Vishu. An occasion to burst crackers and enjoy a resplendent ‘kani’ at the break of dawn. Kerala’s summertime harvest festival is perhaps a good time to ponder over the dwindling community of potters. Express catches up with Erikulam potters - whose produce is a ‘Vishukani’ speciality in north Malabar - while examining how firecrackers could be dealt with safely
KASARGOD: Vishu -- the Malayalam New Year -- starts with Vishukani, the first thing people witness in the morning. Bright yellow flowers of golden shower tree, golden cucumber, lemon, jack-fruit, coconut, betel leaves and nut, sacred texts, and currency notes all lined up in front of the image of god Vishnu.
But in north Malabar, the Vishukani is incomplete without the painted clay pots from Erikulam. A month to Vishu, markets are flooded with pots from the hamlet in Madikai panchayat. “Unlike earlier years, we sell them all,” says Kamalakshi (60).
She was out selling her earthenware in Kasargod, 40 km from her home in Erikulam, even a couple of days before Vishu.
Kamalakshi is from the Kushava community, whose hereditary profession is pottery. She says around 50 families in her hamlet still make pots, and they earn around Rs 25,000 to Rs 50,000 during the Vishu season. “But we are in the last lap. There is not one person less than 30 years making pots in Erikulam,” she says.
Earlier, earthenware were made in Erikulam, Periya, Pilicode, Paika and Bovikanam in Kasargod district. “Today, Erikulam is the last village making pots,” Kamalakshi says.
Back in Erikulam, an arch of Vetakorumakan Ishwaran temple welcomes people to the settlement of the Kushava community. “Our lives revolve around this temple,” says T M Kumaran (63), a master potter. He and his wife Draupadi still make pots and sell them. Friday was their last day of the season. On Monday, a day after Vishu, the entire community -- young men, women, children, the elderly -- would hit the paddy fields in front of their houses to extract clay for a whole year.
Mining is a skilled job, and men and women have to dig as deep as 12 feet before they touch clay. “Once we reach the bottom, we make tunnel at 12ft down to extract clay. The earth can collapse or sometimes we may not find clay at all and abandon the well,” says Draupadi.
Nevertheless, the participation of all the 180 families and their members make it their biggest festival. It can go on for the next one week, says Ajayan K (54), another potter.
But once the soil is trucked and heaped in front of their houses, the elders say, they would never get to see the youngsters. “My neighbour is jobless for the past several months. But he did not come to help me out even during the peak Vishu season,” says Kumaran. His own two sons are in the Middle East, and the youngest son works as a mason.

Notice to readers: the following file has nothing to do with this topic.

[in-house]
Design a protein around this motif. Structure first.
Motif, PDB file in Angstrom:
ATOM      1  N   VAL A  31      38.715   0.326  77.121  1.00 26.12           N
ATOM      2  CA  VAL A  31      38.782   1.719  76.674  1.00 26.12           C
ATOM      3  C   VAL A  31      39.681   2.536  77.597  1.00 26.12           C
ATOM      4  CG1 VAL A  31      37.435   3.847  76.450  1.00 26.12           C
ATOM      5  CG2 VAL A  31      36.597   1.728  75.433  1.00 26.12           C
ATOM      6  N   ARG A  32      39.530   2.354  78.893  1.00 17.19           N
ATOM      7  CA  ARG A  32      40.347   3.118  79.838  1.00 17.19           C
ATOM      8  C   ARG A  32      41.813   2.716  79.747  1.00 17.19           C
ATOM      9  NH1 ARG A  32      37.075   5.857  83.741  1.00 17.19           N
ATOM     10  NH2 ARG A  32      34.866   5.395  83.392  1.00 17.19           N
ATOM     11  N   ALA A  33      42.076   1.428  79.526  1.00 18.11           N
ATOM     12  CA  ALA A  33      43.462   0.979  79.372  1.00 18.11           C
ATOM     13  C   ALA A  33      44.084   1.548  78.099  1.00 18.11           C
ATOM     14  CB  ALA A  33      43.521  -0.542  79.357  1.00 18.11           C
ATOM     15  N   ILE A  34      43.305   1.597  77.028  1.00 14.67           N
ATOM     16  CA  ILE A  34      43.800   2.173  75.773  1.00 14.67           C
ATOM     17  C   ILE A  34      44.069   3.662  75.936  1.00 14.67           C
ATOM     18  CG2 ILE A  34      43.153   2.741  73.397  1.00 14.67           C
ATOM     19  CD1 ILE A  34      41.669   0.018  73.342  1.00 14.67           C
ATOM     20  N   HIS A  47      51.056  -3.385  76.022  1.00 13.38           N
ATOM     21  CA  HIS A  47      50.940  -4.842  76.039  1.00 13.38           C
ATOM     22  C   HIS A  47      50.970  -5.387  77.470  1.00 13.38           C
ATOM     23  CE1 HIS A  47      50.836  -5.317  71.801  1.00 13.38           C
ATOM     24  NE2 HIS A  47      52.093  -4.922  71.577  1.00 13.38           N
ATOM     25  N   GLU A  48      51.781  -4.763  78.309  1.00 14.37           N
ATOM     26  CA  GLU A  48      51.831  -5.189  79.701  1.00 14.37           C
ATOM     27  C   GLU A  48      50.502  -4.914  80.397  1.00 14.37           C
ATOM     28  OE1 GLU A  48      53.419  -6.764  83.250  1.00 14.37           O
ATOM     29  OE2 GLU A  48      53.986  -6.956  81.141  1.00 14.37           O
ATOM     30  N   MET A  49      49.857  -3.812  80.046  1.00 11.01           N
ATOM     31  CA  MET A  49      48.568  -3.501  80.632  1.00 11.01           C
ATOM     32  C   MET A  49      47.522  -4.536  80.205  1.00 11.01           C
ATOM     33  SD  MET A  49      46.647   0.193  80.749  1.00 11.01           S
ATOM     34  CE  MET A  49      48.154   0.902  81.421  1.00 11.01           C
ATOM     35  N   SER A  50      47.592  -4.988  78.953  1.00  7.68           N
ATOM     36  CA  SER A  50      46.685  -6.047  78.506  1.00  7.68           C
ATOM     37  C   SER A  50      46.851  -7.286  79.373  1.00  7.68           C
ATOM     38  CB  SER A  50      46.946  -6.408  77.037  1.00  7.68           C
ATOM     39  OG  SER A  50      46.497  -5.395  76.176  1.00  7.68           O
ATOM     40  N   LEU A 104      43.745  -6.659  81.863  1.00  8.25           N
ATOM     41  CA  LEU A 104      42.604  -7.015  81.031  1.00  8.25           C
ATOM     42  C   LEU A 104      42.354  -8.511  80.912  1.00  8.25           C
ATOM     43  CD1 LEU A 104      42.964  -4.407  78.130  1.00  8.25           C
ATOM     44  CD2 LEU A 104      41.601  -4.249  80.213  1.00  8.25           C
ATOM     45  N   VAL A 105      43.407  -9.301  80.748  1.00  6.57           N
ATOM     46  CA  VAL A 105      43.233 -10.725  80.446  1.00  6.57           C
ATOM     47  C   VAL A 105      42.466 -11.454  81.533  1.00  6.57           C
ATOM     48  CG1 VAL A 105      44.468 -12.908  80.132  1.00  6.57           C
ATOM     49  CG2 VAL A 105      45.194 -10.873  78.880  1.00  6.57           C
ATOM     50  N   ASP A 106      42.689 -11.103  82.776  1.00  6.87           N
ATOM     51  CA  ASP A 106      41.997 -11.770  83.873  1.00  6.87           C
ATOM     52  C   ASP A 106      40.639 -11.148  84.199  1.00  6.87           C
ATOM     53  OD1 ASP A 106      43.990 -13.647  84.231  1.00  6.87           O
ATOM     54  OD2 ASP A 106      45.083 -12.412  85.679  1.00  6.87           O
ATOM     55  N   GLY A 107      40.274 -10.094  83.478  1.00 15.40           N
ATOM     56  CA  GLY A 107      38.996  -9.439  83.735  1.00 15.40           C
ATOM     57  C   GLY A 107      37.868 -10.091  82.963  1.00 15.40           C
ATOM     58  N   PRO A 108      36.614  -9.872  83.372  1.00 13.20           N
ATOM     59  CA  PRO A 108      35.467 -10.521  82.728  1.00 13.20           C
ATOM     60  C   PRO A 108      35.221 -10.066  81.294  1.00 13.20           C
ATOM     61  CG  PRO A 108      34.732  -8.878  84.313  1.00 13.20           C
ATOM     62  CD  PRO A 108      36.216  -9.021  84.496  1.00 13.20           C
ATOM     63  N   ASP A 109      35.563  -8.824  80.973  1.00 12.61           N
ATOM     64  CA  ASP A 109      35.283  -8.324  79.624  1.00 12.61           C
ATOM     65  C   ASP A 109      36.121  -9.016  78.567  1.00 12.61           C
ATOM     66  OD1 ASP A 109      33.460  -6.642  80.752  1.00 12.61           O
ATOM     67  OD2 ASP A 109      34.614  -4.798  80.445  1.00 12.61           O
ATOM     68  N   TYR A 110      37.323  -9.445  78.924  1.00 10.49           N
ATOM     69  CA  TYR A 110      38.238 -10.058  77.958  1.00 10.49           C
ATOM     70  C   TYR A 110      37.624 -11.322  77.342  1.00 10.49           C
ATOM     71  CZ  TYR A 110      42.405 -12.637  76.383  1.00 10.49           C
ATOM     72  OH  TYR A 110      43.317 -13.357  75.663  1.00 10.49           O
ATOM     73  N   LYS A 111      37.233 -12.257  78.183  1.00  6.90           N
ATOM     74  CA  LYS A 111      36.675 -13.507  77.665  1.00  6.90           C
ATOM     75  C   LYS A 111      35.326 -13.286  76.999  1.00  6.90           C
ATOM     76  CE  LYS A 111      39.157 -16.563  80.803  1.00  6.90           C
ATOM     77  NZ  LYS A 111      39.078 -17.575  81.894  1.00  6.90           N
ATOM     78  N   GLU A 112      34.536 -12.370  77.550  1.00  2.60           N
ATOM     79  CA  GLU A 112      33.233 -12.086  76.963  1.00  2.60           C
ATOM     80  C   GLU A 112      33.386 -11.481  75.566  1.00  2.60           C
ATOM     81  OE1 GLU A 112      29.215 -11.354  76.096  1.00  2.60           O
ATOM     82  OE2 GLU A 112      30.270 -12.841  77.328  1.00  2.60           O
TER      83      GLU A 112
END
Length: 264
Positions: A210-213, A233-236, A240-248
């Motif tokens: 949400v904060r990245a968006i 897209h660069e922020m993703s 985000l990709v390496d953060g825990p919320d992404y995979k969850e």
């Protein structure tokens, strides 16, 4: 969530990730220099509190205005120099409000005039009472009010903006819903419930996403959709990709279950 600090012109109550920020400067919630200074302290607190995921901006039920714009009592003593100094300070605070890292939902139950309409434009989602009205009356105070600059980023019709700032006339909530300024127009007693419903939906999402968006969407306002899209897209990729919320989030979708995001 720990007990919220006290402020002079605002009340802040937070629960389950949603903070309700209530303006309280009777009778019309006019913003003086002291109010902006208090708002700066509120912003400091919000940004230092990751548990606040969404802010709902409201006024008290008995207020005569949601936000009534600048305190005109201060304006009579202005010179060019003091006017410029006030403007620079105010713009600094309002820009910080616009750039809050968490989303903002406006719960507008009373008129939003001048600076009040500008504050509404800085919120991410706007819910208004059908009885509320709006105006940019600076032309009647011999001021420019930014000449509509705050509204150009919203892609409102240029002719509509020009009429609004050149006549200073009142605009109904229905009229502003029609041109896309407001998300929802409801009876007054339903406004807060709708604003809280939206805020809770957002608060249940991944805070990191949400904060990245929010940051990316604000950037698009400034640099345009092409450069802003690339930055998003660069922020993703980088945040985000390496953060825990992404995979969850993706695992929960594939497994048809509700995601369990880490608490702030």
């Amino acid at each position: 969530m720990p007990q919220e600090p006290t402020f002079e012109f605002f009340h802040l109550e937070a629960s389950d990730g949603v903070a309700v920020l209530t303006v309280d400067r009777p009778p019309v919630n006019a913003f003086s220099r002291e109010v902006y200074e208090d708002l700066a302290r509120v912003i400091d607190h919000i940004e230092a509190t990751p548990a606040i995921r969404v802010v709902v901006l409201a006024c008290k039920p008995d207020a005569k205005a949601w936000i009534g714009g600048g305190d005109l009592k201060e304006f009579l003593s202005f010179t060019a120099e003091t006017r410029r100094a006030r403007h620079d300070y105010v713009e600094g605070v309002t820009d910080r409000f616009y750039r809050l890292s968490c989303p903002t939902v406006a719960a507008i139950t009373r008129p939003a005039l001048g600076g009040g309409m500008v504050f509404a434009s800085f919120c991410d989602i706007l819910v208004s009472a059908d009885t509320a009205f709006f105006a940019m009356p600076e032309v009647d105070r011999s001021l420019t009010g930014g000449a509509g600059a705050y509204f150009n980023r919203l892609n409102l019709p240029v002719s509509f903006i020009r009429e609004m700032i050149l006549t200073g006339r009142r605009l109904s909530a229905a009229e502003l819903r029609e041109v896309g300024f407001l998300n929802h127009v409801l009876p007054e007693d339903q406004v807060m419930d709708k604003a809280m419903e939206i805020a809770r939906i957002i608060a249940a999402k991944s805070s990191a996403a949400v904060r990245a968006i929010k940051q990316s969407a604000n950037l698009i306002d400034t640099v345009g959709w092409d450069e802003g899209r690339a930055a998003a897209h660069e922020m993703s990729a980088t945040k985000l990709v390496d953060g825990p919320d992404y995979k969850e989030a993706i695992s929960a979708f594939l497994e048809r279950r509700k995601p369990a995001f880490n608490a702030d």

Inside the tiled-roof house, where Kumaran stocks the raw pots, hangs an issue of an employment fortnightly, selling the lower division clerk (LDC) dreams. Youngsters of the community such as Sanjay (17) and Rajesh Kuttan (30) say they would rather get into farming than pottery. Sanjay says several of his seniors have got jobs in police, schools and KSFE, the government’s chit fund company.
Unlike the boys and the young men, the young women of the community still chip in, say the elders. Janashree (24), who was helping her mother Balamani retrieve the fired up pots from the kiln, says she is pursuing a teacher’s training course now. “Hopefully, I will not have to turn the pottery wheel for long,” she says.
Two houses away, Janani (57) says she would continue to make pots and sell them “as long as she can”. Her husband Appuni is ailing, and they live with her elder sister.
Janani’s nephew Ravi K P (45) is a mason. He says he does not make pots because “we will have to wait for at least 15 days to get the money”.
Janani agrees. “But it is my family profession. I inherited this from my father and I have been doing this since I was 12 years old,” she says.
‘Temple and ritual needs’
She says Erikulam makes pots only for Vishu and for performing rituals in Palakkunnu temple and for Theyyam. The work starts in December and ends in April. “In these five months, I work day and night to earn around Rs 30,000,” she says. After that, she depends on the government’s job guarantee scheme to keep the fire burning in her kitchen.
In 1984, a group of 20 enterprising women in Erikulam set up Erikulam Pottery Centre. Each of the woman took a loan of Rs 6,000 from State Bank of India to raise Rs 1.20 lakh. “It was a huge amount, equivalent to over a crore rupees now, considering we agreed to work for a daily wage of Rs 17,” says K Savitri (50), one of the members.
When she joined the centre, she was 16 years old, the youngest among the group. “Today at 50, I am still the youngest. No new member joined us,” she says. The unit had a kiln, a smokeless furnace, and a well too. The women employed a master to teach them pottery for Rs 800 per month. As per the agreement, the Kanhangad Block Panchayat should have paid the women the daily wages.
But it started defaulting. The business collapsed after six years when their truck transporting pots toppled at Badiadka. “The entire load was shattered, and we never recovered from the debt,” says Kamalakshi, a member of the society.
They had approached the district administration hoping for a waiver but were turned away. “So we pledged our golds to close the loan with the bank,” said Savitri. Her one gold chain and two bangles are still pledged with a private financier.
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